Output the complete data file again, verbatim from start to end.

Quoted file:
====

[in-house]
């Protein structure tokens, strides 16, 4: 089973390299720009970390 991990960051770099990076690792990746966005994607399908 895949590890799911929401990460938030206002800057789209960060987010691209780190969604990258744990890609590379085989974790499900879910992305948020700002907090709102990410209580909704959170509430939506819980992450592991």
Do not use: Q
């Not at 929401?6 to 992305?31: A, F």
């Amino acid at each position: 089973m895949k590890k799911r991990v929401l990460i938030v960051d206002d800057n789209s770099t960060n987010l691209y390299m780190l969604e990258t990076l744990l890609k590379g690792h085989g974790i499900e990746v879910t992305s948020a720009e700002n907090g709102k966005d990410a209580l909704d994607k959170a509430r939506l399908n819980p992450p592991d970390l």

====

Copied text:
[in-house]
């Protein structure tokens, strides 16, 4: 089973390299720009970390 991990960051770099990076690792990746966005994607399908 895949590890799911929401990460938030206002800057789209960060987010691209780190969604990258744990890609590379085989974790499900879910992305948020700002907090709102990410209580909704959170509430939506819980992450592991």
Do not use: Q
């Not at 929401?6 to 992305?31: A, F």
């Amino acid at each position: 089973m895949k590890k799911r991990v929401l990460i938030v960051d206002d800057n789209s770099t960060n987010l691209y390299m780190l969604e990258t990076l744990l890609k590379g690792h085989g974790i499900e990746v879910t992305s948020a720009e700002n907090g709102k966005d990410a209580l909704d994607k959170a509430r939506l399908n819980p992450p592991d970390l």